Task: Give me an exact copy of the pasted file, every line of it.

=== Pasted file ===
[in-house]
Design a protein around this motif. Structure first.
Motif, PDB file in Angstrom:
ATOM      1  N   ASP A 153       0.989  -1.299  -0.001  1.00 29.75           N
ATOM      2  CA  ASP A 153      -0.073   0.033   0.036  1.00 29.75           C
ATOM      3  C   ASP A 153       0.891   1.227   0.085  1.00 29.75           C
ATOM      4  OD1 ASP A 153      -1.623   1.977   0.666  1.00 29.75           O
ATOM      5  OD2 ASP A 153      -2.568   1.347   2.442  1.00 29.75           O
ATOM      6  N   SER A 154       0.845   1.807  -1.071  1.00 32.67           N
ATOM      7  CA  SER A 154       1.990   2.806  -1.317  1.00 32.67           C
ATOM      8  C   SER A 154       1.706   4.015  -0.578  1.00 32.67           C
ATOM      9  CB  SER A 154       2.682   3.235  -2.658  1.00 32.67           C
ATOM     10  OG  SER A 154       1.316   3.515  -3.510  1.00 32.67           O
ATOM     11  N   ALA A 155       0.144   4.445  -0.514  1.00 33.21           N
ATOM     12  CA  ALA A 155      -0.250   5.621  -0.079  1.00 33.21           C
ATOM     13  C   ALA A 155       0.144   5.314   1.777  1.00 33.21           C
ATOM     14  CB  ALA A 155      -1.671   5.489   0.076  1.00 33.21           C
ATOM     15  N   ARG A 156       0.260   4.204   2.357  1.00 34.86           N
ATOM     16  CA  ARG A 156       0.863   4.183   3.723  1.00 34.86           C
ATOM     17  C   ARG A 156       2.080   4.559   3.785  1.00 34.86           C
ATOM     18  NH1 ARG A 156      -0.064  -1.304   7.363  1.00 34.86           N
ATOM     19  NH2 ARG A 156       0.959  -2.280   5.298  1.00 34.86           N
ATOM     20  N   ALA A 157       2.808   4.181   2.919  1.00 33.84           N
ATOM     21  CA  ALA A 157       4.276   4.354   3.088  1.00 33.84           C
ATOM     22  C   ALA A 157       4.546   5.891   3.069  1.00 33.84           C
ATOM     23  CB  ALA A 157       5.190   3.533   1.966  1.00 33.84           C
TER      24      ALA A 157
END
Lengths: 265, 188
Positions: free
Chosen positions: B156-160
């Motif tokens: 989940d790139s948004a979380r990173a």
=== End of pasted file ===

[in-house]
Design a protein around this motif. Structure first.
Motif, PDB file in Angstrom:
ATOM      1  N   ASP A 153       0.989  -1.299  -0.001  1.00 29.75           N
ATOM      2  CA  ASP A 153      -0.073   0.033   0.036  1.00 29.75           C
ATOM      3  C   ASP A 153       0.891   1.227   0.085  1.00 29.75           C
ATOM      4  OD1 ASP A 153      -1.623   1.977   0.666  1.00 29.75           O
ATOM      5  OD2 ASP A 153      -2.568   1.347   2.442  1.00 29.75           O
ATOM      6  N   SER A 154       0.845   1.807  -1.071  1.00 32.67           N
ATOM      7  CA  SER A 154       1.990   2.806  -1.317  1.00 32.67           C
ATOM      8  C   SER A 154       1.706   4.015  -0.578  1.00 32.67           C
ATOM      9  CB  SER A 154       2.682   3.235  -2.658  1.00 32.67           C
ATOM     10  OG  SER A 154       1.316   3.515  -3.510  1.00 32.67           O
ATOM     11  N   ALA A 155       0.144   4.445  -0.514  1.00 33.21           N
ATOM     12  CA  ALA A 155      -0.250   5.621  -0.079  1.00 33.21           C
ATOM     13  C   ALA A 155       0.144   5.314   1.777  1.00 33.21           C
ATOM     14  CB  ALA A 155      -1.671   5.489   0.076  1.00 33.21           C
ATOM     15  N   ARG A 156       0.260   4.204   2.357  1.00 34.86           N
ATOM     16  CA  ARG A 156       0.863   4.183   3.723  1.00 34.86           C
ATOM     17  C   ARG A 156       2.080   4.559   3.785  1.00 34.86           C
ATOM     18  NH1 ARG A 156      -0.064  -1.304   7.363  1.00 34.86           N
ATOM     19  NH2 ARG A 156       0.959  -2.280   5.298  1.00 34.86           N
ATOM     20  N   ALA A 157       2.808   4.181   2.919  1.00 33.84           N
ATOM     21  CA  ALA A 157       4.276   4.354   3.088  1.00 33.84           C
ATOM     22  C   ALA A 157       4.546   5.891   3.069  1.00 33.84           C
ATOM     23  CB  ALA A 157       5.190   3.533   1.966  1.00 33.84           C
TER      24      ALA A 157
END
Lengths: 265, 188
Positions: free
Chosen positions: B156-160
């Motif tokens: 989940d790139s948004a979380r990173a």